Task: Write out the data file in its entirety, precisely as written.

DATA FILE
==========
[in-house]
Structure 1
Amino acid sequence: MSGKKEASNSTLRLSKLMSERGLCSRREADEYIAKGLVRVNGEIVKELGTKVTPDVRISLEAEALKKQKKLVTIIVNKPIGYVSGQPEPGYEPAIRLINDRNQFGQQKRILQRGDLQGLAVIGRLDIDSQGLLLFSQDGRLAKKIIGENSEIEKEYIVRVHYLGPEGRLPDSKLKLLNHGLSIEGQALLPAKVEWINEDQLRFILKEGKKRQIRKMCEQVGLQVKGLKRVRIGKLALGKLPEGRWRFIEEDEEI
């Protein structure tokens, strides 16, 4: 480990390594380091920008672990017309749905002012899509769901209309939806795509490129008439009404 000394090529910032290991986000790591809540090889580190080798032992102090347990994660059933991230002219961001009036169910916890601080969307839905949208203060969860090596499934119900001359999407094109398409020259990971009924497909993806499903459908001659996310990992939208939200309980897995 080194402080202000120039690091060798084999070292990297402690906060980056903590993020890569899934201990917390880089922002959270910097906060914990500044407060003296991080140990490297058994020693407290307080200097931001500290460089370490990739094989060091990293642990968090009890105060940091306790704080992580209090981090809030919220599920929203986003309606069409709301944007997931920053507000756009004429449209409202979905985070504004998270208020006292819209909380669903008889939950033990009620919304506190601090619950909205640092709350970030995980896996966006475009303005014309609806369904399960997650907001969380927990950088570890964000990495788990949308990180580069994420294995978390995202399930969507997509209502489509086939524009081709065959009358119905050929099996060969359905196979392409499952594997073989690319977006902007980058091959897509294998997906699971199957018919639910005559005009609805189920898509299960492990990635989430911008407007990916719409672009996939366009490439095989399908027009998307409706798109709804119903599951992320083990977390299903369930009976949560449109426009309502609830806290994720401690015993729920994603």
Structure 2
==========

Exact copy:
[in-house]
Structure 1
Amino acid sequence: MSGKKEASNSTLRLSKLMSERGLCSRREADEYIAKGLVRVNGEIVKELGTKVTPDVRISLEAEALKKQKKLVTIIVNKPIGYVSGQPEPGYEPAIRLINDRNQFGQQKRILQRGDLQGLAVIGRLDIDSQGLLLFSQDGRLAKKIIGENSEIEKEYIVRVHYLGPEGRLPDSKLKLLNHGLSIEGQALLPAKVEWINEDQLRFILKEGKKRQIRKMCEQVGLQVKGLKRVRIGKLALGKLPEGRWRFIEEDEEI
């Protein structure tokens, strides 16, 4: 480990390594380091920008672990017309749905002012899509769901209309939806795509490129008439009404 000394090529910032290991986000790591809540090889580190080798032992102090347990994660059933991230002219961001009036169910916890601080969307839905949208203060969860090596499934119900001359999407094109398409020259990971009924497909993806499903459908001659996310990992939208939200309980897995 080194402080202000120039690091060798084999070292990297402690906060980056903590993020890569899934201990917390880089922002959270910097906060914990500044407060003296991080140990490297058994020693407290307080200097931001500290460089370490990739094989060091990293642990968090009890105060940091306790704080992580209090981090809030919220599920929203986003309606069409709301944007997931920053507000756009004429449209409202979905985070504004998270208020006292819209909380669903008889939950033990009620919304506190601090619950909205640092709350970030995980896996966006475009303005014309609806369904399960997650907001969380927990950088570890964000990495788990949308990180580069994420294995978390995202399930969507997509209502489509086939524009081709065959009358119905050929099996060969359905196979392409499952594997073989690319977006902007980058091959897509294998997906699971199957018919639910005559005009609805189920898509299960492990990635989430911008407007990916719409672009996939366009490439095989399908027009998307409706798109709804119903599951992320083990977390299903369930009976949560449109426009309502609830806290994720401690015993729920994603």
Structure 2